Nada by Carl Pei plans to launch a smartphone in the US to compete with the iPhone

Nada by Carl Pei plans to launch a smartphone in the US to compete with the iPhone
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The phone from nowhere (1).


UK-based consumer tech company Nothing is setting its sights on the US, with ambitions to take over of Apple iphone

The startup, the hardware company of Carl Pei, co-founder of Chinese mobile phone maker OnePlus, is in initial talks with US carriers about launching a new smartphone in the US, Pei told CNBC, without name any of the operators.

In July, Nothing released the Phone (1), a mid-range device with a similar design, price, and specs to Apple’s basic iPhone SE.

The company, backed by iPod creator Tony Fadell and of the alphabet VC arm GV, has so far only released its smartphone in Europe, the Middle East and Asia, not the US or Canada.

“The reason we didn’t release it in the US is because a lot of additional technical support is needed, to support all the carriers and their unique customizations that they need to do on top of Android,” Pei explained in an interview with CNBC. . “We felt like we weren’t ready before.”

“We are now in talks with some carriers in the US to potentially launch a future product there,” the Sino-Swedish businessman said.

the likes of Apple Y samsung they have already established relationships with large US carriers, making it difficult for smaller companies to compete.

But a third of the sales of its recently launched Ear (stick) headphones currently come from the US, Pei added.

β€œIt is definitely a market where there is already a lot of interest in our products. And if we launch our smartphones there, I’m sure we could get significant growth,” he said.

The company expects its revenue to more than tenfold in 2022, from about $20 million in 2021 to an estimated $250 million this year, according to figures shared exclusively with CNBC. It has also more than doubled its employees to over 400. Yet the company continues to lose money.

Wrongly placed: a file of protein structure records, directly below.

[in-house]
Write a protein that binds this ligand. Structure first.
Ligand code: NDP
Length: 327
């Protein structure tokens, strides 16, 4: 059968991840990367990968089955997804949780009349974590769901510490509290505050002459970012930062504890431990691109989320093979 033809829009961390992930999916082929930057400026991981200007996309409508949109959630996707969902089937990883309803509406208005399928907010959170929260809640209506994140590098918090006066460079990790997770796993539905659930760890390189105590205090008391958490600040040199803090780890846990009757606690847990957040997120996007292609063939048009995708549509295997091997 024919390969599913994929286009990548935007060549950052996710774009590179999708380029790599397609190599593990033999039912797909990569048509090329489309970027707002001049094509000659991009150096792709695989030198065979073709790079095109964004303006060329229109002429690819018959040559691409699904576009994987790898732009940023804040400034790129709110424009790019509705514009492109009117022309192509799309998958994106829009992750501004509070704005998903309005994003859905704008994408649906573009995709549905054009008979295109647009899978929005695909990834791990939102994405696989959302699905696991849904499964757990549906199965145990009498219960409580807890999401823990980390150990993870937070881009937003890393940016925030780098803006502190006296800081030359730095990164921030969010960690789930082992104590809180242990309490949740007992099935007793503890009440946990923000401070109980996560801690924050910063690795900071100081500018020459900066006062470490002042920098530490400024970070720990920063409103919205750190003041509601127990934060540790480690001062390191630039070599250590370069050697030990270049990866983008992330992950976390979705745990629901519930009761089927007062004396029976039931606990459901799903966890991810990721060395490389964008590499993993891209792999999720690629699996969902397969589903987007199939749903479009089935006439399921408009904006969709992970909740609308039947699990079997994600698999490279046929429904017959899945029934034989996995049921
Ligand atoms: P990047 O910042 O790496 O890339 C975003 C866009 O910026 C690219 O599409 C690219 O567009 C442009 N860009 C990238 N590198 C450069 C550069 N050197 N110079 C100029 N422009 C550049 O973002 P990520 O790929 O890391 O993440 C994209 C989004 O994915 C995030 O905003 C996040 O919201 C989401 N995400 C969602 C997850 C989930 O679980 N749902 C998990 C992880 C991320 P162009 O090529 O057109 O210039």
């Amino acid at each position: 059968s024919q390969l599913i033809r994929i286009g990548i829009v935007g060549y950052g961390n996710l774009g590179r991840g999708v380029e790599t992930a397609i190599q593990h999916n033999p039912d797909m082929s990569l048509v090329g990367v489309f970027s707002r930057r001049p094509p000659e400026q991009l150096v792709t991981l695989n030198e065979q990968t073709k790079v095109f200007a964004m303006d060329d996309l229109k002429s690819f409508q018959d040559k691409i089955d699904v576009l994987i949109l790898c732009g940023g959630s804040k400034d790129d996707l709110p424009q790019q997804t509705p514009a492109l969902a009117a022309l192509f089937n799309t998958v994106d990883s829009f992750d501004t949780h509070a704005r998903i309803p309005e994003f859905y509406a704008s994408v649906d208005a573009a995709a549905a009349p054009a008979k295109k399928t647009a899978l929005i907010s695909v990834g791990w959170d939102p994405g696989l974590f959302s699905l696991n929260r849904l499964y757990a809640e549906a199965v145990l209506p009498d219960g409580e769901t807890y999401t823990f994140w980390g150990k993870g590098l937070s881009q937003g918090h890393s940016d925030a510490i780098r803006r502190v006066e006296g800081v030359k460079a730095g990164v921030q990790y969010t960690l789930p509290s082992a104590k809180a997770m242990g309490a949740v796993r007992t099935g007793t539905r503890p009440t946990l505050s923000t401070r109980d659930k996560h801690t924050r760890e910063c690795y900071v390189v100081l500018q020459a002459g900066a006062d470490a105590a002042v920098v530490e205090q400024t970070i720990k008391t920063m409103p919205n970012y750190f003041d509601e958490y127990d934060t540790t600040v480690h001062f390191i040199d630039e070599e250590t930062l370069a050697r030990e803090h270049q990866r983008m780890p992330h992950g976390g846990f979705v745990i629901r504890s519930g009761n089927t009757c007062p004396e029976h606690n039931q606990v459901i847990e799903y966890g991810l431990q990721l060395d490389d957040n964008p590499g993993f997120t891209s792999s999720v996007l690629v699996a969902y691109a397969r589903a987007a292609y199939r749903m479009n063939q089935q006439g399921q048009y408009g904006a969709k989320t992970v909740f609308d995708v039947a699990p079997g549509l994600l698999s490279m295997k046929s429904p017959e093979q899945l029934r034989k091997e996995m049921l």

“The goal is to be profitable by 2024,” Pei said. “We are not profitable right now. And this year was even more difficult because of the foreign currency exchange. We paid a lot of our COGS [cost of goods sold] in USD but we made money in pounds, in euros, in Indian rupees, so everything was devalued against the USD.”

The US dollar has risen this year; the dollar index – which measures the dollar against a basket of major currencies – is up more than 8.5% so far this year.

taking on apple

david vs goliath

Pei said his company has faced a lot of challenges in getting its products to market. One of the biggest setbacks he faced when he approached Foxconn, Apple’s biggest iPhone supplier, to make his phones.

According to Pei, Foxconn refused to do business with Nothing, citing past failures in the smartphone industry.

“All the start-up manufacturers have worked with Foxconn,” Pei said. “But when it was our turn, they said no because every start-up they worked with failed. And every time a company failed, Foxconn lost money, they couldn’t recover their costs.”

Foxconn was not immediately available for comment when contacted by CNBC.

What happened to BlackBerry?

Covid restrictions around the world also presented a major hurdle for the company. In India, where Nothing produces its phones, the company was unable to send engineers due to travel restrictions, and Pei said the company had to run its onshore factory remotely.

“We really had to rush to create this,” he said of Nothing’s smartphone.

In Shenzhen, China, where officials imposed strict lockdowns, Nothing engineers had to discuss component designs and mechanics during mandatory 45-minute periods when it was acceptable for people to go out and buy food.

Nada has sold more than 1 million products to date worldwide, with its Ear (1) headphones selling 600,000 units and the phone (1) reaching 500,000 shipments.

Still, the startup is a small player and faces a bleak economic outlook in which people are forced to limit their spending drastically.

In Europe, smartphone shipments fell 16% in the third quarter on a year-over-year basis, although they were up slightly from the prior quarter on the back of a strong launch of the iPhone 14.

Samsung is Europe’s largest smartphone maker with a 35% market share, followed by China’s Xiaomi 23% and Apple 21%.

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